It is no secret that for a variety of complex reasons, learning outcomes in many historically disadvantaged schools in South Africa are unacceptably low.
Equal Education (EE), a national membership-based organisation with a mandate from 5 000 pupils and parents at under resourced schools, welcomes attempts to mobilise external support for these schools.
We maintain, however, that any experiment aimed at achieving this must be transparent, democratically accountable and lawful.
We are wary of instances in other countries where well intentioned public-private partnerships have opened the door for more harmful forms of privatisation, or have failed to achieve their intended effects.
One such “experiment” is the Western Cape Education Department’s (WCED) new school model: “Collaboration Schools”.
At these schools, so-called “school operating partners” (SOPs) are entitled to majority representation on school governing bodies (SGBs).
To allow for this, the WCED is proposing wide-ranging amendments to provincial education laws that contradict the South African Schools Act (SASA).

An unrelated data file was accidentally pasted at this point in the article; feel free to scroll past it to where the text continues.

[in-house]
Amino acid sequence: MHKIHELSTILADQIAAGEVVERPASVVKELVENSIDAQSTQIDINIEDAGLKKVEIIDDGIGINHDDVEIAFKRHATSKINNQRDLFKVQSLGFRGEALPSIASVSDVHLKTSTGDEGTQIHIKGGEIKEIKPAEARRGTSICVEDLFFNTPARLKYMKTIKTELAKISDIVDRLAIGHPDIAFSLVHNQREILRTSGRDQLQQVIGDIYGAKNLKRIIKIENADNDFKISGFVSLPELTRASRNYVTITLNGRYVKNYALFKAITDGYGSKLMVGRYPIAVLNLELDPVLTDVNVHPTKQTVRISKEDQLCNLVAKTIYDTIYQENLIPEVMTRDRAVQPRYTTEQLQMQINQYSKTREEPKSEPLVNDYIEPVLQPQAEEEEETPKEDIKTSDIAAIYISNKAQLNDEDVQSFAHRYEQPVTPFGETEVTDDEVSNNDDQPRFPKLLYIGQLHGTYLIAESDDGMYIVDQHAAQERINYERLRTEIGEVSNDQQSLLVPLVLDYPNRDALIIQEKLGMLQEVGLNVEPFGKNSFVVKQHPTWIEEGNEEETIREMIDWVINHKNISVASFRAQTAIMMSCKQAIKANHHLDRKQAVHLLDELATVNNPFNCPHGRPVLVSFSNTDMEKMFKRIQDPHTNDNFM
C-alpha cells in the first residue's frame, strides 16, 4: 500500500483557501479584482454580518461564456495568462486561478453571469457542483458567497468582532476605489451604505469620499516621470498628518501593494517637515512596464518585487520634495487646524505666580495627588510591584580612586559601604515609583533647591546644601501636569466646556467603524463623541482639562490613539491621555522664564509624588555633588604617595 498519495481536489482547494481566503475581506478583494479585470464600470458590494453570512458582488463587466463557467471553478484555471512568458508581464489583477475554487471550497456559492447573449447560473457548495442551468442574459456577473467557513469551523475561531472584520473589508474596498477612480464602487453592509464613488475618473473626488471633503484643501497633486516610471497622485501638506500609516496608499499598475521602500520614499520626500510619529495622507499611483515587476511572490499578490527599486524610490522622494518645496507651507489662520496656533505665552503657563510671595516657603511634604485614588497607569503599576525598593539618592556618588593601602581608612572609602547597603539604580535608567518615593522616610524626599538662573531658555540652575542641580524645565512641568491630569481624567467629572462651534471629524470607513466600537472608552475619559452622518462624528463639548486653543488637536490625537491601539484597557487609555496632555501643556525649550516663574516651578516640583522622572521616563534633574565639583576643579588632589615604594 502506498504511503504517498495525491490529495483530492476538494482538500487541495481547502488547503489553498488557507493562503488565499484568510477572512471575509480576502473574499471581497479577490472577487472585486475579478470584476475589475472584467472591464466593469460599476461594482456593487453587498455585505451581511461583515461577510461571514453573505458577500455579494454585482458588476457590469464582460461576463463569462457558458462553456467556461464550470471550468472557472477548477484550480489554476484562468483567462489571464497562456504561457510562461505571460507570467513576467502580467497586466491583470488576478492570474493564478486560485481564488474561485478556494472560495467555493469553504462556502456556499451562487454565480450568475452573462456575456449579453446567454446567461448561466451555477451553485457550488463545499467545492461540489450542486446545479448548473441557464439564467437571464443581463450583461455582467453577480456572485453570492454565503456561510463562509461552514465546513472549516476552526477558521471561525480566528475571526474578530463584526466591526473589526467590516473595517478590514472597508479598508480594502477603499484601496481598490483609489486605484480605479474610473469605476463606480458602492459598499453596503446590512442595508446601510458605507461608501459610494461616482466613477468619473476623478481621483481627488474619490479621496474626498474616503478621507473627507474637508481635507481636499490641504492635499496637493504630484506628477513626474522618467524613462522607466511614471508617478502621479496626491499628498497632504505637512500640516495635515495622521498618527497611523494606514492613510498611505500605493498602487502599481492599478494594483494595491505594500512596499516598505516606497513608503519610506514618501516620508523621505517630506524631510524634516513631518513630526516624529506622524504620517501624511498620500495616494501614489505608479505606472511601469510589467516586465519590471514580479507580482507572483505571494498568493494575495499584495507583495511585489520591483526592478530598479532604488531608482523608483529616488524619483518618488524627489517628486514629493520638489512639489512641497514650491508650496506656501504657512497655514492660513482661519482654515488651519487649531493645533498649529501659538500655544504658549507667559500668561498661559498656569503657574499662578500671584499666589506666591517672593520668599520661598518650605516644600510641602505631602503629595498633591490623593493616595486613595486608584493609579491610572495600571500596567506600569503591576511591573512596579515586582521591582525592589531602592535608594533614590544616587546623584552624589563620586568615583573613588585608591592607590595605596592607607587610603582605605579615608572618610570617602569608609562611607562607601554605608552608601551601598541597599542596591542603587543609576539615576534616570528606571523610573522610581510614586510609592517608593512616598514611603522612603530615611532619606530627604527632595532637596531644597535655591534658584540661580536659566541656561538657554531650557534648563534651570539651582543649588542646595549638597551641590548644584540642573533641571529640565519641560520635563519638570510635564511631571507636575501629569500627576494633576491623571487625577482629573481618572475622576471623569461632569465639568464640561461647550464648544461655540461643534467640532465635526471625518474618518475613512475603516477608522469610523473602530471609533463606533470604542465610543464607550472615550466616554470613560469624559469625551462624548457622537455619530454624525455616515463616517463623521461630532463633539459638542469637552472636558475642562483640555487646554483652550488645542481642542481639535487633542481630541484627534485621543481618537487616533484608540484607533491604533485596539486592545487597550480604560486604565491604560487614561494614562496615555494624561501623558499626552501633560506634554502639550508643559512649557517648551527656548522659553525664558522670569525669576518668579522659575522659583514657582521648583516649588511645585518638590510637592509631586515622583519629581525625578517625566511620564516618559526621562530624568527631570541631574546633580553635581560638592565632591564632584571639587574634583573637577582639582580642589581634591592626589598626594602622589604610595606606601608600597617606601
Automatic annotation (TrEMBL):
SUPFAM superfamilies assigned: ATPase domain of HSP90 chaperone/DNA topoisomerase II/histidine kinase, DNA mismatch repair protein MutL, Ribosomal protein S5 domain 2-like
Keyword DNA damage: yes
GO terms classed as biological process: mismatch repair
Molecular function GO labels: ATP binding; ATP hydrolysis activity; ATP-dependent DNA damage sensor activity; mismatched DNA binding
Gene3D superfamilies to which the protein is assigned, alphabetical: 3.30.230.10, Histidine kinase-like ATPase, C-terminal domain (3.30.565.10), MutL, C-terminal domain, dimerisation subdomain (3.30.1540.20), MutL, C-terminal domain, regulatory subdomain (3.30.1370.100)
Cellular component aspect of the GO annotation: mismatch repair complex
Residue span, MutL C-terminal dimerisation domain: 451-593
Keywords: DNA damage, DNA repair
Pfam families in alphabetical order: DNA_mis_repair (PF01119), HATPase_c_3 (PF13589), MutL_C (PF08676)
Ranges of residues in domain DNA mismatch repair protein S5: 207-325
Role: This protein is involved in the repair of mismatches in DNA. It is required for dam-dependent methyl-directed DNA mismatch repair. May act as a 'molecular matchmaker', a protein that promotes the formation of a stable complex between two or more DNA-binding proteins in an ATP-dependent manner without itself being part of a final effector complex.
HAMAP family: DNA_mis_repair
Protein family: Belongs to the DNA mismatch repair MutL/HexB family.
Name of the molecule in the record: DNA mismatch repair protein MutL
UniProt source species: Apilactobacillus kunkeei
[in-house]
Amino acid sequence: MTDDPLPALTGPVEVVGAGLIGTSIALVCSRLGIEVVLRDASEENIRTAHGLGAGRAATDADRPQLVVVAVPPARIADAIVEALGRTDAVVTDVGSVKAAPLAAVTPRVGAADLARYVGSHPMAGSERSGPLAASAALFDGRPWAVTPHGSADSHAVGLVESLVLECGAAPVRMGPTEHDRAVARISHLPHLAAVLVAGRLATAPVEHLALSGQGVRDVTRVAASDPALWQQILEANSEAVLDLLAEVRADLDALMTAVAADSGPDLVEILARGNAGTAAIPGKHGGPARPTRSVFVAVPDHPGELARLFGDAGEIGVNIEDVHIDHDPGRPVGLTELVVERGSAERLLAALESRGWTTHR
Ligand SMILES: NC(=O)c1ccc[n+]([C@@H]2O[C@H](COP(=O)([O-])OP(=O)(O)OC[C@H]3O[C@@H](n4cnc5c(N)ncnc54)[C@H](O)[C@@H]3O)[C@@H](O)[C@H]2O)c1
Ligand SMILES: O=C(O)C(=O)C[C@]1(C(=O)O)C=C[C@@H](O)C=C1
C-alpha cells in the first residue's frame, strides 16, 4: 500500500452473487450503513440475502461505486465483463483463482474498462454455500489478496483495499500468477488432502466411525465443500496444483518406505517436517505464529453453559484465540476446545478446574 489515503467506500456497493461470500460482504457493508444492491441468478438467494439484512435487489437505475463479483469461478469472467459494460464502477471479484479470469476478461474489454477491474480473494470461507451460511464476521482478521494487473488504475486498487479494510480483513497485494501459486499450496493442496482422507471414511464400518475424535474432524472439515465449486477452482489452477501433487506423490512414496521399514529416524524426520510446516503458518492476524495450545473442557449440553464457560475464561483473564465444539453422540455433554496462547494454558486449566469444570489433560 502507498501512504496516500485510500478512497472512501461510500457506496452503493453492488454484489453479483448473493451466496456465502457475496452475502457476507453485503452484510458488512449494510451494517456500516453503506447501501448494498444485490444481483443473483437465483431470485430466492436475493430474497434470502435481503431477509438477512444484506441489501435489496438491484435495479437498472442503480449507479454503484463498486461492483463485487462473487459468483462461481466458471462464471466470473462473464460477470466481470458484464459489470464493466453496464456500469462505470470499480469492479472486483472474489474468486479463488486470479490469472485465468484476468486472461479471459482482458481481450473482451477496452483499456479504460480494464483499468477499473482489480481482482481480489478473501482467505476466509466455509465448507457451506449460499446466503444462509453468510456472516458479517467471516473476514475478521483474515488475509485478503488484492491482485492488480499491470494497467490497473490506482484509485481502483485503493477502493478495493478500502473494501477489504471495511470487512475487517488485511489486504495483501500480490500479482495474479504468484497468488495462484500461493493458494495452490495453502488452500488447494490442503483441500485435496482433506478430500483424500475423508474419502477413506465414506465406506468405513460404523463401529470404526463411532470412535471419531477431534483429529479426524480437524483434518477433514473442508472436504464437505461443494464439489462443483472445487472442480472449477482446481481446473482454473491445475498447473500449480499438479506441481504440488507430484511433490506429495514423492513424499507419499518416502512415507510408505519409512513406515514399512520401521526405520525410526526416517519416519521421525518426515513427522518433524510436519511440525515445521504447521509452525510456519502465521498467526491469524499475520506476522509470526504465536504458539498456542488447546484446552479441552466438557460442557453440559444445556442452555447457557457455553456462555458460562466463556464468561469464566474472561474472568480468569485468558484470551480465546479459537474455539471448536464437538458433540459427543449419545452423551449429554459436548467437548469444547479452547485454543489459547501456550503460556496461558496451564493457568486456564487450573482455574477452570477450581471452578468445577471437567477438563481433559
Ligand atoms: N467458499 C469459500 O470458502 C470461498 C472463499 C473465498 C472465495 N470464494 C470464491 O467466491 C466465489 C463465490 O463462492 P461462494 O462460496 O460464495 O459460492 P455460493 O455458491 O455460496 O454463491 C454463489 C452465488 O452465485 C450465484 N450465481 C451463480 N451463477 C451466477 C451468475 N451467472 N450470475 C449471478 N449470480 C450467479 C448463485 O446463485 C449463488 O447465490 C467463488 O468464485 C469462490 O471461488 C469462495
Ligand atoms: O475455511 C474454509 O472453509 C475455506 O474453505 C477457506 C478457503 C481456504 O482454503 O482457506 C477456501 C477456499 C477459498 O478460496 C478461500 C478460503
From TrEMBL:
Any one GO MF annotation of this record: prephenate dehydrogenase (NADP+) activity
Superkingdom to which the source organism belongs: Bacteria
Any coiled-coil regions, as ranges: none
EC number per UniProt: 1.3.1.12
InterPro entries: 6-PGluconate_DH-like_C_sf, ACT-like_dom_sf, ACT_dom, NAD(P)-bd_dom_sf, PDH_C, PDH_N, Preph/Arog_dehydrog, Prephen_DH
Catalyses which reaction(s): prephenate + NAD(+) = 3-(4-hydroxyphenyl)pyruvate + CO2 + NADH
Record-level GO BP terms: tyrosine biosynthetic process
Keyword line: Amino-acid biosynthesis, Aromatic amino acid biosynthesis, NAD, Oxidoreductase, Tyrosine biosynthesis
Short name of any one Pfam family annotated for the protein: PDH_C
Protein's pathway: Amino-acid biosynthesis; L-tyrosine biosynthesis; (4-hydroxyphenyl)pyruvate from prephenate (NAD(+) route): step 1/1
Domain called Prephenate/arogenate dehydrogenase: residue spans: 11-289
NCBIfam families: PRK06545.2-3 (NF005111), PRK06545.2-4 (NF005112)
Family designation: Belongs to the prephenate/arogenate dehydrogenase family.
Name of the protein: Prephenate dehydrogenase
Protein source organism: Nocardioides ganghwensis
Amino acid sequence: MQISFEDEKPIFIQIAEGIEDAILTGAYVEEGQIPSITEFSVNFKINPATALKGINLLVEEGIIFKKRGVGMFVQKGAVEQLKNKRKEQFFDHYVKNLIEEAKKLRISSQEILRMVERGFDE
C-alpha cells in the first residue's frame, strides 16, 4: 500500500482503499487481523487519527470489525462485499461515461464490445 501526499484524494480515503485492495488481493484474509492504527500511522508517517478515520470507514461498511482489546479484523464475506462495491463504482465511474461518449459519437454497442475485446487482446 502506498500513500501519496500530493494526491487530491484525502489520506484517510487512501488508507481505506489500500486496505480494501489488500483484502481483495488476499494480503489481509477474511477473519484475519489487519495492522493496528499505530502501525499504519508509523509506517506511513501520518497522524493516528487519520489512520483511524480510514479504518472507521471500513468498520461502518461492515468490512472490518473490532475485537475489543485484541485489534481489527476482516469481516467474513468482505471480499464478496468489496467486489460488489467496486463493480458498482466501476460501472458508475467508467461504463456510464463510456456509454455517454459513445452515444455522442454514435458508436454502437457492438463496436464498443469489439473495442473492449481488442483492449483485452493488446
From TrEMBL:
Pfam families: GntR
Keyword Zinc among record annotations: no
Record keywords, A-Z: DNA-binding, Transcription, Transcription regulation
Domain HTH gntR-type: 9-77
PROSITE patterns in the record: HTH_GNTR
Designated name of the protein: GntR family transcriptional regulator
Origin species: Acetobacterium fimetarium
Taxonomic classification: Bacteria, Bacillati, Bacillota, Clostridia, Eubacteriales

New teacher appointments at these schools also involve the transfer of government money to Collaboration Schools, who have full discretion over appointing and dismissing teachers who are paid by the state.
These models follow a growing global trend of addressing public education challenges through partnerships with private entities.
In fact, the WCED draws specifically on the Academy School model in the United Kingdom and Charter Schools in the US. Evidence about the effects of these school models is, at best, mixed.
While EE is sensitive to the fact that there are many nuances to non-state involvement in education, at the very least EE believes any such involvement should be grounded in sound education principles that advance teaching and learning - in addition to being transparent, democratically accountable and lawful.
Breaching education laws